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The drapery of St Anne's legs


RCIN 912527

This is a study for the drapery of St Anne’s legs in Leonardo’s painting of the Madonna and Child with St Anne and a lamb, now in the Louvre. It is drawn with a combination of smooth blended strokes and accents with a finely sharpened chalk, on French paper prepared with a buff wash. Melzi's number 226.

The subject of the Madonna and Child with St Anne, with either a lamb or the infant St John the Baptist, occupied Leonardo for the last two decades of his life. The original commission possibly came from the French king Louis XII after his invasion of Milan in 1499. Leonardo produced three full-size compositions, of which a cartoon (National Gallery, London) and a painting (Louvre, Paris) survive. The painting was begun around 1508 and was recorded in Leonardo’s studio in France, still in progress, in 1517.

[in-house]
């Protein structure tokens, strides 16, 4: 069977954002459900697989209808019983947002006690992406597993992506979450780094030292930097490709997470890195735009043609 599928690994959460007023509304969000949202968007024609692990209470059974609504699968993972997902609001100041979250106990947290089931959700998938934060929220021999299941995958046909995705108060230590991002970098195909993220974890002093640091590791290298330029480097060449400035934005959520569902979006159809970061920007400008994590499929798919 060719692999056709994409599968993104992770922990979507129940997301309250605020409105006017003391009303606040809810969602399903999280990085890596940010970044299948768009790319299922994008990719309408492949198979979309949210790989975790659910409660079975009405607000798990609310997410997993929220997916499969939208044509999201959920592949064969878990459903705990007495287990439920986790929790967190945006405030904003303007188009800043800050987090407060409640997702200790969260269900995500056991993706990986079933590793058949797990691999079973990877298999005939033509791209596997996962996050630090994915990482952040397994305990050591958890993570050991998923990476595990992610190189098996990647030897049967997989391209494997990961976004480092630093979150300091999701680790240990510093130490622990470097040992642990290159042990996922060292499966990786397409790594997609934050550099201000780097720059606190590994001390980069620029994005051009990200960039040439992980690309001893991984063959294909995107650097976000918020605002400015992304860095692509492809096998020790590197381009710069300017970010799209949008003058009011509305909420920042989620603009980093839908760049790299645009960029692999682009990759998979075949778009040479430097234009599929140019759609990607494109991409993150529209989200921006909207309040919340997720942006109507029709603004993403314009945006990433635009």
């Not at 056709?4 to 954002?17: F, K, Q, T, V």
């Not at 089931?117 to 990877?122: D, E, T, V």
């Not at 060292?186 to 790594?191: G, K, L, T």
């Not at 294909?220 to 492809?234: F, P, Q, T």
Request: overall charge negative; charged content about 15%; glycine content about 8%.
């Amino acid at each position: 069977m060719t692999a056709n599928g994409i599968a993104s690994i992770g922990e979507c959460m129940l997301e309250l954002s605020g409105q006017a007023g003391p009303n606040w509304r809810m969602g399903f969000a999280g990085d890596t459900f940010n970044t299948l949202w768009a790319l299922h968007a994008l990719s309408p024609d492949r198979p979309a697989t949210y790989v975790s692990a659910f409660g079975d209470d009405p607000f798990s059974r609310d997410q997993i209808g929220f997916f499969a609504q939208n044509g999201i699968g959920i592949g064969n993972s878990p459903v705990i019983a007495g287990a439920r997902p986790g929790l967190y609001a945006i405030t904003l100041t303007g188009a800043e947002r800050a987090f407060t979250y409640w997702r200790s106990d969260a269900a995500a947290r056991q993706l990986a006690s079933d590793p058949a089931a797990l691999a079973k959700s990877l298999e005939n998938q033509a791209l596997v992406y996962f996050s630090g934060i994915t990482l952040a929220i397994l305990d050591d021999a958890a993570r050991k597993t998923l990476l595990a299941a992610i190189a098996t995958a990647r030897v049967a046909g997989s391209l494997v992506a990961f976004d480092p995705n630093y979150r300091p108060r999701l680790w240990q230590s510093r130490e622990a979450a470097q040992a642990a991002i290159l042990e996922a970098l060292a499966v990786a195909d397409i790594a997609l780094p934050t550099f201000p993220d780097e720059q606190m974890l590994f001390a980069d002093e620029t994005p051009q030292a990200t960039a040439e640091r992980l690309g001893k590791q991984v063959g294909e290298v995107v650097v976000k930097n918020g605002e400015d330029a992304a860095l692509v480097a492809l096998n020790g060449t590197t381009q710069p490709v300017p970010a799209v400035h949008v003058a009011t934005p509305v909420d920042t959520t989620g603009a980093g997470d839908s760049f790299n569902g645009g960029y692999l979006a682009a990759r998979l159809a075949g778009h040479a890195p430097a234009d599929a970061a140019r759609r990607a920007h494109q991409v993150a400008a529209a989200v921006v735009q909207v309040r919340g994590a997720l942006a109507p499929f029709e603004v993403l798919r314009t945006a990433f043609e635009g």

RCIN 912527, 912530, and 912532, all drapery studies towards the Madonna and Child with St Anne and a lamb, are the last of Leonardo’s drawings towards a painting. They demonstrate that he never lost his desire to explore the graphic possibilities of his limited range of media, in the search for the most sophisticated effects of light in his paintings.

Text adapted from Leonardo da Vinci: A life in drawing, London, 2018
  • unicorn, close to Briquet 10405-10406, but chain lines in different position. Watermark exclusively French in its distribution

    stamp, ER VII, crowned, in oval: Lugt 901

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